Mississippi River Bluff Home
September 19, 2007
Since its completion, the Mississippi River Bluff Home in Mendota, Minnesota has won numerous local and national awards for its architecture, been the site of private showings for architects wishing to demonstrate fine form and detailing to their employees, and hosted public house tours. Still, nobody lives in the 7,500-square-foot, five-bedroom house. Overlooking both the Minnesota and Mississippi Rivers, as well as the skylines of Minneapolis and St. Paul, the Bluff Home is one of five on a 6-acre subdivided lot planned by builder Millerville Inc. (two others are built, with two more in the pipeline). The other completed houses have already sold, and offers have come in for the two that are as yet unbuilt. “The house’s contemporary style was quite a departure for the builders,” says Todd Hansen, AIA, the partner-in-charge of the Minneapolis-based firm Albertsson Hansen Architecture that designed all five homes. “This home will take a unique client. But there are many houses both old and new for families with a large number of children, nannies, and live-in extended family for which a house this size works well,” he says. “Still, I agree that it is unique to see a speculative house of this scale.”
The house’s footprint was predetermined by the 60s rambler that used to occupy the 1.14-acre site. After razing the house, the team built on top of the large, rectangular foundation. Hansen based the simple, gabled exterior forms on vernacular midwestern farm-style houses and barns. He used recycled Douglas fir for the post-and-beam structure, which varies in height along the length of the home. Stained cedar shingle cladding, and pitched fiberglass shingle and metal standing-seam roofs lend the exterior a traditional look.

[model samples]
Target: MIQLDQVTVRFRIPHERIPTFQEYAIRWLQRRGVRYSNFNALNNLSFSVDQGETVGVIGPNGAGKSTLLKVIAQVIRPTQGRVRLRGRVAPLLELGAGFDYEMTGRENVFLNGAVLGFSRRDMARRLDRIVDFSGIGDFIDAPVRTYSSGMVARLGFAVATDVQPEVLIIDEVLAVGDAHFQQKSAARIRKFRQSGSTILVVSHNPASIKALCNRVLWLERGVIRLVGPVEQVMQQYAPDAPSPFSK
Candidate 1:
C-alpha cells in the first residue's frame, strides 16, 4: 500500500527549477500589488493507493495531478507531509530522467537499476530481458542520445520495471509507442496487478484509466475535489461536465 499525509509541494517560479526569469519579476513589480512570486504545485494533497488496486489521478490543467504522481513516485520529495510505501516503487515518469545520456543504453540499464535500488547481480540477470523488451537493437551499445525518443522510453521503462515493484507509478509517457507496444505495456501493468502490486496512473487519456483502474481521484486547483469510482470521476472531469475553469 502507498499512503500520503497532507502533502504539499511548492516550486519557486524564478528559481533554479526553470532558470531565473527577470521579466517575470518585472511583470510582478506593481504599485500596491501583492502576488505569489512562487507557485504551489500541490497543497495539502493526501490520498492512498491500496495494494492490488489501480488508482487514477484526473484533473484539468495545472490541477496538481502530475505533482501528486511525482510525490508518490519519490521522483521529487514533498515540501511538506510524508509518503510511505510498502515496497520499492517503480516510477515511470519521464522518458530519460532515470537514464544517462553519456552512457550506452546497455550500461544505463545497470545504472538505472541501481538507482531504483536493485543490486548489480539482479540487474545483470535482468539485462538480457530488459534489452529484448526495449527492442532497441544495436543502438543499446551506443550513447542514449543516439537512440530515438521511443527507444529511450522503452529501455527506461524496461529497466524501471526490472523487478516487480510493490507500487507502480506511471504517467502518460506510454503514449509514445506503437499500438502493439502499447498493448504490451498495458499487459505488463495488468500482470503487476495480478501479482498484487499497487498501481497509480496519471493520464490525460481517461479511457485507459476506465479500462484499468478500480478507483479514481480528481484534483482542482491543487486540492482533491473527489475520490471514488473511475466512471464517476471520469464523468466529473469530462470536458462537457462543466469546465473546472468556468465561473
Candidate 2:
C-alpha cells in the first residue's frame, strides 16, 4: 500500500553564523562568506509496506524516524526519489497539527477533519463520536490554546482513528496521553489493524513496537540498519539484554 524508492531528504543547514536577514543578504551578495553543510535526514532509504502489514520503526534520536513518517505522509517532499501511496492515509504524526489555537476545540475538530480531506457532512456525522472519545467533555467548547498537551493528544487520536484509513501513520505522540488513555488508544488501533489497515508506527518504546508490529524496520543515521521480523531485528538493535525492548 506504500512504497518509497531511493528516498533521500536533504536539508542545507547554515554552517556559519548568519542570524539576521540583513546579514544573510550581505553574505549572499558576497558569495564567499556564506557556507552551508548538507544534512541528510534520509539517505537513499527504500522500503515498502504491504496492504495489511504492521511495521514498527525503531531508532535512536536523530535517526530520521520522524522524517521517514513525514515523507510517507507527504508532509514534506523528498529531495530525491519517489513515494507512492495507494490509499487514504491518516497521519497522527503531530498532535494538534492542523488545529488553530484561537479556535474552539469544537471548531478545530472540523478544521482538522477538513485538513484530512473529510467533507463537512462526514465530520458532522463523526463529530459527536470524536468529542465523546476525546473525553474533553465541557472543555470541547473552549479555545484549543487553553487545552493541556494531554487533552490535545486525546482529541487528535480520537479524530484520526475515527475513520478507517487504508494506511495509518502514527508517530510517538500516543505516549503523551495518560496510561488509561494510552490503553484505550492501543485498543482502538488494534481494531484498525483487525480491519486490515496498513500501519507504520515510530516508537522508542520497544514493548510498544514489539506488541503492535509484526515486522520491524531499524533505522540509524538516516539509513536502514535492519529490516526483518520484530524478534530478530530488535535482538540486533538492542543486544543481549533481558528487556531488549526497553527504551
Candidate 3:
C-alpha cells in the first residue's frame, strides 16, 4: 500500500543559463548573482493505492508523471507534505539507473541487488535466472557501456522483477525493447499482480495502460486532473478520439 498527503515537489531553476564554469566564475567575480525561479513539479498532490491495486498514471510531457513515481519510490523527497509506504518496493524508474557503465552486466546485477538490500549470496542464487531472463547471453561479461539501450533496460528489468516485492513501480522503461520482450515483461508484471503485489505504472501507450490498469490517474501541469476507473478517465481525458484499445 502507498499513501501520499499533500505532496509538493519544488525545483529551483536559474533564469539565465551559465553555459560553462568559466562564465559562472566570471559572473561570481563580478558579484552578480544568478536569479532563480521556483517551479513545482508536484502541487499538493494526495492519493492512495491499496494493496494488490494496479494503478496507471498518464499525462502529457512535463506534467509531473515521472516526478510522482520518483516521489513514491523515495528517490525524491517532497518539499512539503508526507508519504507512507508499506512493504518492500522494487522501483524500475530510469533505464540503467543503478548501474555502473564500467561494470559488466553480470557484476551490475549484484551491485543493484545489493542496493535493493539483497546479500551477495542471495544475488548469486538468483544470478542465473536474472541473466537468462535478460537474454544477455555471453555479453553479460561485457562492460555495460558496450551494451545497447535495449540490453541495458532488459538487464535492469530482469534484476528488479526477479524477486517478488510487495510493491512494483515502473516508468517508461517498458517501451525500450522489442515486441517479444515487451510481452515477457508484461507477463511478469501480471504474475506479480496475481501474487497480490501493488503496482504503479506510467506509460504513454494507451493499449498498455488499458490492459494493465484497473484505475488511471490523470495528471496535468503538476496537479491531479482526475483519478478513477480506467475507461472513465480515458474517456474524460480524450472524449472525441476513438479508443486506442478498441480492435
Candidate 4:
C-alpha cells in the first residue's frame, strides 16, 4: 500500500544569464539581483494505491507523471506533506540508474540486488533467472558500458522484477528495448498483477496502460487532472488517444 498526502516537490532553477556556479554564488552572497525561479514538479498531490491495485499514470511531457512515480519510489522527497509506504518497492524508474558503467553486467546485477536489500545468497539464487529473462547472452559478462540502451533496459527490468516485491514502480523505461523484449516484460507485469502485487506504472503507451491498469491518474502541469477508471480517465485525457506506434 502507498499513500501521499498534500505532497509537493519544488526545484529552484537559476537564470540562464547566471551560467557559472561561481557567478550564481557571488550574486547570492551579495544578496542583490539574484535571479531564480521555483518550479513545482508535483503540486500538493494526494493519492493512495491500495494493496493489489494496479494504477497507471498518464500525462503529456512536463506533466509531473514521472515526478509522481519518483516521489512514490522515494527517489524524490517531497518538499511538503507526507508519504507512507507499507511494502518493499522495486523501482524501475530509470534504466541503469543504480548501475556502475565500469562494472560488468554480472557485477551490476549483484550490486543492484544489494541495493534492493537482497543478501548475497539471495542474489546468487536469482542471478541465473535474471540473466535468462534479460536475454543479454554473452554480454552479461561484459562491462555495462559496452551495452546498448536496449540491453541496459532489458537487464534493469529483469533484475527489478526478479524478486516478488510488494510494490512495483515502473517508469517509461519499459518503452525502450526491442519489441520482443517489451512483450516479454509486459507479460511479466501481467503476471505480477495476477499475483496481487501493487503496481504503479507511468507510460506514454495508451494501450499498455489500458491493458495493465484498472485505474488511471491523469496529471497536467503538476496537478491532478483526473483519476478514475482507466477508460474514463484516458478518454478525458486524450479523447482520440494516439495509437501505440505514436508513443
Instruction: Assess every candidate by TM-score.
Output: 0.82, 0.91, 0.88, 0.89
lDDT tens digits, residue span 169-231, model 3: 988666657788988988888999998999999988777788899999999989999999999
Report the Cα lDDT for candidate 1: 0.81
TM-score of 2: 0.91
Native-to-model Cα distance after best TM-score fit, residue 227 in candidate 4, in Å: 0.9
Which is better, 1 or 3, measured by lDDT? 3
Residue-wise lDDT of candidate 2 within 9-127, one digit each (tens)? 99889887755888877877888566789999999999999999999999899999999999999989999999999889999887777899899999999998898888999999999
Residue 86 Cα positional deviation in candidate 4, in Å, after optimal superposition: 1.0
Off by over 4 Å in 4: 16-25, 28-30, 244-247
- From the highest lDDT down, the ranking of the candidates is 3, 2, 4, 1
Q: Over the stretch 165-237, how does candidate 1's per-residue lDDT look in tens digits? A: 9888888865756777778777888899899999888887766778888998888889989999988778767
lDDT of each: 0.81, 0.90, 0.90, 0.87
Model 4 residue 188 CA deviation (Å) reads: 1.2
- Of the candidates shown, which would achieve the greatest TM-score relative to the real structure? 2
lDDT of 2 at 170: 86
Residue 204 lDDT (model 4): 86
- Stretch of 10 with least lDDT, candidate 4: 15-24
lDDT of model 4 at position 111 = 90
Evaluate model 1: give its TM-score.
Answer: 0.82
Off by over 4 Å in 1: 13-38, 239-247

Sleek and minimal, the generous interior spaces, on the other hand, were designed to express warmth as well as Modernism. The two-story house has a 1,911-square-foot finished basement level, which houses a bedroom and a stepped, circular conversation pit and black-brick fireplace salvaged and reconstructed from the existing house. The main floor has a 1,047-square-foot open area containing the kitchen, dining, and living spaces. Organized along the bluff line, those spaces contain service areas “hidden in plain sight” behind a wall of cabinets and a large mirror (“an homage to Adolph Loos,” says Hansen about the mirror). Along with the abundant windows on the house’s north side, a “light monitor”—more windowed cupola than skylight—illuminates the space. The 660-square-foot master suite is also located on the main floor, as is a guest bedroom, with the remaining two bedrooms on the second floor.
Throughout the house, the natural color of the woods used—such as cherry for stair railings, reclaimed Jarrah (an Australian hardwood) for the majority of the floors, and the cork flooring used in the family room—brings warmth to the large open spaces. Slatted barnlike interior millwork on ceilings and walls provides texture. Lighting is soft and low, and in the living areas especially, where lighting was mounted on wires strung across the space, an intimate feel belies the large expanses.
“Although this was very much a collaboration, my partner really wanted this one house to be more modern than what I usually go for,” says Ray Miller, Millerville’s owner. “We were able to inject more of a serene, Scandinavian look into this home than in the others on the lot,” agrees Hansen. Examples can be found in rooms such as the master bathroom, where the architects used back-painted, sand-blasted sheet glass in lieu of tile. “Some visitors have commented that they see an Asian influence, as well,” he says. “We tried to make each space warm and inviting, while sticking to the goals of using the existing footprint and taking advantage of the site.”
“I pulled the reins back on the other homes, which are more traditional, with more painted millwork, color, enamel, tile, etc. Still, this is the one that gets such an incredible response. But there’s always a risk in this business,” he says. “There’s just a smaller population that’s interested in something this contemporary. A buyer will come.”